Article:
It is the Tahitian Lime that is most widely grown in Australia and it suits conditions in many areas. The fruits are the size of small lemons and can be used in many cuisines as well as in cool drinks.
All lime trees require a warm sunny position good drainage, so let’s look at the best way to grow lime trees.
Popular in many cultures and cuisines, lime trees are a popular fruit tree for he home garden. They grow well in the garden in warmer climates and are also suited to growing in containers. They can be grown from Queensland right through to the southern states including Victoria and as far south as Melbourne.
How to Grow Lime Trees
Lime trees are usually grafted and therefore are purchased as potted plants. It is possible to collect the seeds and grow your own tree, however you will find that the fruit is not usually as good as that of a grafted tree.
How to Plant your Lime tree.
All varieties require a well drained soil, a sunny position and protection from frosts.
- The soil needs to be well drained, so in poorly drained areas try hilling up the soil if needed.
- Prepare the soil well, dig in good amounts of compost and some aged cow manure. Do this to an area 2 – 3 times the size of the container the tree comes in.
- Plant, backfill and water in with a liquid seaweed fertiliser.
- Mulch around the plant with sugar can mulch or similar to suppress weeds and help retain moisture.
- Water regularly without letting the soil get soggy.
- Fertilise with good amounts of pelletised poetry manure from spring to early summer.
In the first two years after planting lime trees can be reluctant to fruit, they will come into full production after 3 – 4 years.
How to Grow Lime Trees in Containers
Growing lime trees in pots is common, you will need a large pot to accommodate the root system. Drainage is important so ensure that the pot you choose has multiple drainage holes rather then one central hole.
You need to be able to lift the pot itself so that it does not sit directly on the ground, or paved surface. Sitting the pot on the ground can cause the drainage holes to block and therefore root problems.
Fertiliser for lime trees will depend on where you are growing them. In containers, a granulated citrus fertiliser is probably best as it does not smell. In the ground, away from outdoor living areas, a composted chicken fertiliser works well.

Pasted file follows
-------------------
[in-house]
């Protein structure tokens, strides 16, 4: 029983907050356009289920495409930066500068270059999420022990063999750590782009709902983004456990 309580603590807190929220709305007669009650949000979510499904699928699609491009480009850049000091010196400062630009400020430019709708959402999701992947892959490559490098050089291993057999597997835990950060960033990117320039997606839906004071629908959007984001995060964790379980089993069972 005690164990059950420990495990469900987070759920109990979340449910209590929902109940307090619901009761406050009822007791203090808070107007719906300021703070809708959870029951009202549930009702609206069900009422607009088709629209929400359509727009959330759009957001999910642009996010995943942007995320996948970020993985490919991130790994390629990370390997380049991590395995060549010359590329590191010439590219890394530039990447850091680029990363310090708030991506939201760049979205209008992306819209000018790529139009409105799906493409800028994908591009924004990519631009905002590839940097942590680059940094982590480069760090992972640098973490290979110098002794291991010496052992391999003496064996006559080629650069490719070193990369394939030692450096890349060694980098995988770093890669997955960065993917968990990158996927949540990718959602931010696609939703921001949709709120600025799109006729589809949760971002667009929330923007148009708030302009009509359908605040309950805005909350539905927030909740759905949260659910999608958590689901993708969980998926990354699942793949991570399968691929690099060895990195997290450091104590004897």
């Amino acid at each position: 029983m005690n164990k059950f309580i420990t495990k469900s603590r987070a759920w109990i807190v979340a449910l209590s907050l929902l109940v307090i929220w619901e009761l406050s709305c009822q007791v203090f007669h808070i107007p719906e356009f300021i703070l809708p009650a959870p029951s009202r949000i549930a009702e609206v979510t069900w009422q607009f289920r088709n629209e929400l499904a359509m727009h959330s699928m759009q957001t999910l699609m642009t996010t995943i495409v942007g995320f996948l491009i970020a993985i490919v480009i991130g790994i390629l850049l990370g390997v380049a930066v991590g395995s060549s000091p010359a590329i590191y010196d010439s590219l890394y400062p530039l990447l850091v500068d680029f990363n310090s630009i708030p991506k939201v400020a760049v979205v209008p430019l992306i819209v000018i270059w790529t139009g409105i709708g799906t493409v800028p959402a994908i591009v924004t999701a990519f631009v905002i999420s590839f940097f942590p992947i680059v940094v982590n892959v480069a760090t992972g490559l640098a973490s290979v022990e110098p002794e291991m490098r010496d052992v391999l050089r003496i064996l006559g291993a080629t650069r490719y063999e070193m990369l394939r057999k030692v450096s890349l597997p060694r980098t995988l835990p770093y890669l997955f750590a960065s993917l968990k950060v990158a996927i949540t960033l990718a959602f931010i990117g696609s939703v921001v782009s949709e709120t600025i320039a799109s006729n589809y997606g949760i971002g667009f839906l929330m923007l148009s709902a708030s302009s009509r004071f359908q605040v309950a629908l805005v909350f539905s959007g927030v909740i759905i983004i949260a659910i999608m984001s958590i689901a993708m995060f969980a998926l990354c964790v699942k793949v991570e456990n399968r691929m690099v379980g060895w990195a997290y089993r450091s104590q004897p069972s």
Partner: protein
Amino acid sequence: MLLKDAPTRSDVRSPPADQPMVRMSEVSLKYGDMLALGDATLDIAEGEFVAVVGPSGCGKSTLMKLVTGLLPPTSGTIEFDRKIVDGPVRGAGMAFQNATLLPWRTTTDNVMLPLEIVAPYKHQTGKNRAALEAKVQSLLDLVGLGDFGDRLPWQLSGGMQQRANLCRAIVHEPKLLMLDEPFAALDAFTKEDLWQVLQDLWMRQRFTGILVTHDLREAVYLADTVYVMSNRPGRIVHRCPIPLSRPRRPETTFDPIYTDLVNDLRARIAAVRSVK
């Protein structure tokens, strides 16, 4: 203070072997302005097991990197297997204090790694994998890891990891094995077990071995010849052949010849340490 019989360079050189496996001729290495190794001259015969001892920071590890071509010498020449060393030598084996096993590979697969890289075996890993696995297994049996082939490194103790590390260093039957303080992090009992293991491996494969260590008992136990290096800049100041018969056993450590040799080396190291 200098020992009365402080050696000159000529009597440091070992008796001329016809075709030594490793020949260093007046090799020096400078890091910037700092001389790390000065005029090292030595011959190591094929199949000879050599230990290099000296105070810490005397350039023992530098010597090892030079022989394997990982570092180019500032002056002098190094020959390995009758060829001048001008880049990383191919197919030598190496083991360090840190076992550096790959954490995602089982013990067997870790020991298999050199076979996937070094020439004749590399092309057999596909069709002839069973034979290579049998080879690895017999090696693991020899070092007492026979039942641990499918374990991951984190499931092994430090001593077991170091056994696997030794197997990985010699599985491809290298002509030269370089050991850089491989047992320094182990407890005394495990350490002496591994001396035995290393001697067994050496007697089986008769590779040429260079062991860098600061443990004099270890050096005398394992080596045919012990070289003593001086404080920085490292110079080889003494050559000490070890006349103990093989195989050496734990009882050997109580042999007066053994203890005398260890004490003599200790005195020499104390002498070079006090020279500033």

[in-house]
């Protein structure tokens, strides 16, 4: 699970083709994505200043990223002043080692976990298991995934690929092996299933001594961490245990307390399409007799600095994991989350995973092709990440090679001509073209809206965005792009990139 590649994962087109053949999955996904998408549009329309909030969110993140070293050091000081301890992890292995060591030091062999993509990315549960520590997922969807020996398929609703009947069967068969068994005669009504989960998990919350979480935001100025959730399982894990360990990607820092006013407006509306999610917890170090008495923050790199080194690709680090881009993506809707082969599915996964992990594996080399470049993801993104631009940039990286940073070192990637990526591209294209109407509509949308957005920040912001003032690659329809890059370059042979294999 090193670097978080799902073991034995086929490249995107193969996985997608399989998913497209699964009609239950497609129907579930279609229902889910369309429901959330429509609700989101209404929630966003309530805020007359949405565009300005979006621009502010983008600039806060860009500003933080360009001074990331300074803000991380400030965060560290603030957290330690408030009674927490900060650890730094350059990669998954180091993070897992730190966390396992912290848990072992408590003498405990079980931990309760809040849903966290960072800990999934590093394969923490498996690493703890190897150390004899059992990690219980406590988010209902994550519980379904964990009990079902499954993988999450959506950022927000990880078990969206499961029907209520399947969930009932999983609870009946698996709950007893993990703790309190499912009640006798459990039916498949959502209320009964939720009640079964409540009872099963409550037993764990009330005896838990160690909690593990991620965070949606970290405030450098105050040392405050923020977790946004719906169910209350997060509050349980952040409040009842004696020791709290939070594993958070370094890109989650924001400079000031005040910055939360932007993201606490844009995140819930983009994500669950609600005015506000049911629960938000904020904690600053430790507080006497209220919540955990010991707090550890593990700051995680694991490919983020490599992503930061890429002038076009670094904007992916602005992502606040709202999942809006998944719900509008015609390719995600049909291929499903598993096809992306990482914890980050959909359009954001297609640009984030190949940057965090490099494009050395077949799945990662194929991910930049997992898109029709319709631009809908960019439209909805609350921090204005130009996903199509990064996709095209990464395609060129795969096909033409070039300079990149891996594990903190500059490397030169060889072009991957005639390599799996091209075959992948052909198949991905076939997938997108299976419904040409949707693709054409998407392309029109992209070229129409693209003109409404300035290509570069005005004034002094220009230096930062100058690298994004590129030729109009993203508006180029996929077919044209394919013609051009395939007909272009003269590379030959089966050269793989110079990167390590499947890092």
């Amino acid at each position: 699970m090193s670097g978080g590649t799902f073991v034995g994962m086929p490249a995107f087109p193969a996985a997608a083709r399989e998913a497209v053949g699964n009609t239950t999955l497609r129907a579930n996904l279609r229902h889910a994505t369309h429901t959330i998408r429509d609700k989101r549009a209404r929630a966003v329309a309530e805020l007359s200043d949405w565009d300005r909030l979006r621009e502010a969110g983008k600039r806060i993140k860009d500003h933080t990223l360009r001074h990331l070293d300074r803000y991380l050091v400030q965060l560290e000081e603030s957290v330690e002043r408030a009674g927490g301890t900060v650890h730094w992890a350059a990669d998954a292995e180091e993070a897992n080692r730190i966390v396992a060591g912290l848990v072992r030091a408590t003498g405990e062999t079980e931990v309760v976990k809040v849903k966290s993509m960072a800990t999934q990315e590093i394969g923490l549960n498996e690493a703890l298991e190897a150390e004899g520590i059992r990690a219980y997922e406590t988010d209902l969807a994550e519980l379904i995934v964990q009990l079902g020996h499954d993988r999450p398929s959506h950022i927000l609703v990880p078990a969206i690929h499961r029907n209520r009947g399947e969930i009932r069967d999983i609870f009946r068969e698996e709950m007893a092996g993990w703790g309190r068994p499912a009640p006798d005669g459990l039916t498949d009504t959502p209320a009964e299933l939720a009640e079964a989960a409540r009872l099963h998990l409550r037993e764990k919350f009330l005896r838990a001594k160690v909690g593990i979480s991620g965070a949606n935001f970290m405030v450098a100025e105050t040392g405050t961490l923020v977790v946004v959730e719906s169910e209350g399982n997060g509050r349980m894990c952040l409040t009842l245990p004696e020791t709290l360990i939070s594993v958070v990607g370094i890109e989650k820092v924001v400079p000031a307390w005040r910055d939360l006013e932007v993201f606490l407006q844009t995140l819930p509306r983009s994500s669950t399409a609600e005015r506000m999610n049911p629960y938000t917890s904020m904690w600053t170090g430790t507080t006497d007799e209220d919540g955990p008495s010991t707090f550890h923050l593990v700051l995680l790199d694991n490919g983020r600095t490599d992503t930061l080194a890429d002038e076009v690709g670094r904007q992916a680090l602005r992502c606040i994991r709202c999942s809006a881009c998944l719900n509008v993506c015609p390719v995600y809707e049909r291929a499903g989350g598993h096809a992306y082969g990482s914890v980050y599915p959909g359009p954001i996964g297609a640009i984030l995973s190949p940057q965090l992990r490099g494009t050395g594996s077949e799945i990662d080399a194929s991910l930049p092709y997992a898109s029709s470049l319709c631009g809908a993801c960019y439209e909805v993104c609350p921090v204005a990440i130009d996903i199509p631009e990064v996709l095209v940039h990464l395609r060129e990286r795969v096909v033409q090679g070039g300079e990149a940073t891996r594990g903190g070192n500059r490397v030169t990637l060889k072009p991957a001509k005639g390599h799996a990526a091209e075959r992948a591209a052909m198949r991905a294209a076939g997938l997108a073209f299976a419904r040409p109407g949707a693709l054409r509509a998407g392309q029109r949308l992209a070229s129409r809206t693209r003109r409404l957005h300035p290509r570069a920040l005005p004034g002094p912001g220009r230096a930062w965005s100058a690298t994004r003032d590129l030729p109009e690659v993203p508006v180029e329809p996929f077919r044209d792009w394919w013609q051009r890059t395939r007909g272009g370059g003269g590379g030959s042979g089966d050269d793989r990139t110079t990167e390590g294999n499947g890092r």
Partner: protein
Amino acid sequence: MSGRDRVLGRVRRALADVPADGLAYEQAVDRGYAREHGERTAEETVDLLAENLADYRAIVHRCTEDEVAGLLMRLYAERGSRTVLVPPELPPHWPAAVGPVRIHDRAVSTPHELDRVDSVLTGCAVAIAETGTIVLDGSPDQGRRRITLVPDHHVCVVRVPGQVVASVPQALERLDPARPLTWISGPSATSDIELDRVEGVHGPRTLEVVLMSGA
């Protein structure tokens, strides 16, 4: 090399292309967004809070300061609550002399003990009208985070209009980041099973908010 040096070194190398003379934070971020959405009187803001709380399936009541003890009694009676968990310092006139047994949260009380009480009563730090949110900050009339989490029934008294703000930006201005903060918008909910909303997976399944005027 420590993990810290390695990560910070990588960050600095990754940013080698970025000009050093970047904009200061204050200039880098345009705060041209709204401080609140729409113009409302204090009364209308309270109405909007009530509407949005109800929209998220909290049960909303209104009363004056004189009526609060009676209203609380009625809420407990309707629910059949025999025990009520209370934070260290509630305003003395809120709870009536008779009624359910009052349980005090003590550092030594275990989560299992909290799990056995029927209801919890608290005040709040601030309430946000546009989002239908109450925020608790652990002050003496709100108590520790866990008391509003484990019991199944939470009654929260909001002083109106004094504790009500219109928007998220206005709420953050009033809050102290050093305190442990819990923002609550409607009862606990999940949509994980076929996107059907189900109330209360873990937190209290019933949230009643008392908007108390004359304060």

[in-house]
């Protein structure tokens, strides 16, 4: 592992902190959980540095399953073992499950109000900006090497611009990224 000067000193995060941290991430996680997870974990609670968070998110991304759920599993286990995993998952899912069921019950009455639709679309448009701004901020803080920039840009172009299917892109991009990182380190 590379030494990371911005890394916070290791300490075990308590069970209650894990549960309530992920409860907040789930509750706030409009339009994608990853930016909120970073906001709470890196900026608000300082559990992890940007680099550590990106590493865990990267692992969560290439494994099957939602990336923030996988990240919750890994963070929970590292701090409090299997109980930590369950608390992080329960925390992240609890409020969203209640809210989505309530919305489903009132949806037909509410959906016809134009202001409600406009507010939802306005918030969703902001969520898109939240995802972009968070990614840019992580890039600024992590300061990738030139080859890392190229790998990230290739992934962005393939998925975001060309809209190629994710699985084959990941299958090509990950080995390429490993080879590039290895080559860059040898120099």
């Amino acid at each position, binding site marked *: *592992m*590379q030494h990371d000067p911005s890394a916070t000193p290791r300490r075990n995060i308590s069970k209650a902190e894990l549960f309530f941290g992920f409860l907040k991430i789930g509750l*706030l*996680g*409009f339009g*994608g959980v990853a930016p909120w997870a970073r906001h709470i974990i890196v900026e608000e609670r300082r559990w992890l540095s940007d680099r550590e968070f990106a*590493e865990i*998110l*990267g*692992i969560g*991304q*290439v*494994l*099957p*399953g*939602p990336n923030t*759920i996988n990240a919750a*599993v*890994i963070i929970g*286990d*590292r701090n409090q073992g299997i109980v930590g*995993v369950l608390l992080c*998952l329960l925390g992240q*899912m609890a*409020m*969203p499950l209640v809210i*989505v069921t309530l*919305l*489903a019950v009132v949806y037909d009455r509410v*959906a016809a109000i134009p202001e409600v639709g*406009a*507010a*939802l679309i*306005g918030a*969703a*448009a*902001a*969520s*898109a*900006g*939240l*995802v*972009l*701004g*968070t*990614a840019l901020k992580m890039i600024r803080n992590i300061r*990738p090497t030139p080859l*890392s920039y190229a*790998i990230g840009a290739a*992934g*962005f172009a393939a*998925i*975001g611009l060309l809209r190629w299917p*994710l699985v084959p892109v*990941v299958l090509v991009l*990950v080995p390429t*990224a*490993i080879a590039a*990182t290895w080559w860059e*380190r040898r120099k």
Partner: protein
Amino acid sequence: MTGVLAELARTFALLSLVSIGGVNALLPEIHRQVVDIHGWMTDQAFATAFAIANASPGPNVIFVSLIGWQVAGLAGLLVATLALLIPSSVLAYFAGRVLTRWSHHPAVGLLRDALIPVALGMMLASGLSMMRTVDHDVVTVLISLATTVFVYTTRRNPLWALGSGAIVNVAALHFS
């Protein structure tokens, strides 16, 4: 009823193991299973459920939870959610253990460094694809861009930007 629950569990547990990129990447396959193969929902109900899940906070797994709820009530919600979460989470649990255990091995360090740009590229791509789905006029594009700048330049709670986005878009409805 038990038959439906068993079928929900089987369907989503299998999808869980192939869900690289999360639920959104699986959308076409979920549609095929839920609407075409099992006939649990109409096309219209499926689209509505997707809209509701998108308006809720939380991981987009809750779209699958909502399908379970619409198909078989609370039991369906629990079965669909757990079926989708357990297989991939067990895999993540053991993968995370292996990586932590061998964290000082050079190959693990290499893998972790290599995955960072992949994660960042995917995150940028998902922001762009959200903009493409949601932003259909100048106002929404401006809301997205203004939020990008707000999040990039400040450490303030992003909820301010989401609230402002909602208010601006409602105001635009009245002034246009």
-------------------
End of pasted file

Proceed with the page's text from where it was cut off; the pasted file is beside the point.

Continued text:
Regular applications of seaweed fertiliser are also beneficial.
Pruning Lime Trees
Lime trees rarely need pruning, they do however require shaping and a general clean up every year or two.
The clean up involves removing and dead or damaged wood. The shaping is a matter of rounding off the tree and taking back some of the long leaders.This will improve the look and also improve fruit production.
When will lime trees fruit ?
Lime trees will bear fruit at around three years if they are grafted. Those grown from seeds can take around 9 years to fruit. While the tree is developing remember to fertilise regularly and prune to shape.
Lime trees also require more warmth that lemon trees to to flower, so make sure they are are in a warm sheltered position.
When to Pick Limes
Firs of all, limes ripen on the tree, not off the tree. They are picked green because commercial crops are picked all at once and green limes travel better than yellow limes.
What Colour should Limes be when picked?
Picking limes green or yellow depends on how you want to use them. For drinks it’s often the green limes that are preferred, both for the tang and the colour.
For chilli lime, coriander prawns, and for lime glazes, the sweeter yellow ones are most often used.
Although limes are seen as green, and you can pick them green, they will be tangy and a little less juicy. Which is fine for some uses or you want that lime green look.
For a slightly sweeter taste and more juice, wait until they just begin to turn yellow and start to become soft.
Limes are ready when they are just turning yellow and if you give them a gentle squeeze, are soft rather than hard. It will depend upon your variety, but Tahitian or Beares limes are ready when just starting to lighten in colour from dark green to light green/yellow.
- The Tahitian Lime (Citrus aurantifolia), it is mainly used for the juice. This variety will grow in cooler climates as long it is in a warm sheltered position and it has very few seeds.
- The West Indian Lime (also Citrus aurantifolia) is stronger tasting and has more seeds, also smaller fruit. Sometimes called the ‘Key Lime’, it does require a sub tropical climate to thrive. Also sometimes called the bartenders lime as it is the preferred variety for drinks.
- The Kaffir Lime (Citrus hystrix) is used for the leaves as well as the flesh which are used in cooking.
- The Rangpur Lime is a hybrid, Citrus × limonia. Also known as the Sylhet lime, it is a cross between a lime and a mandarine. Sweeter fruit on a very ornamental tree.
- The Australian Limes (Finger Limes or Blood Limes) with their attractive beads of juicy flesh are used both for the flavours and the attractiveness of the flesh.
These are fruit tree that will grow well from Sydney through to the tropics. You can grow them in Melbourne, however you will need to create a warm sheltered micro climate for them to fruit well. They are not a tree that thrive in the cooler hills around Sydney unless protected.
Leaf Curl On Lime Trees can be caused by a variety of problems
- Citrus Leafminer
- Aphids and Mites can also cease the same problem
- Lake of water is a third cause.
- Potassium deficiency is another case.
More detailed growing instructions are available for each variety.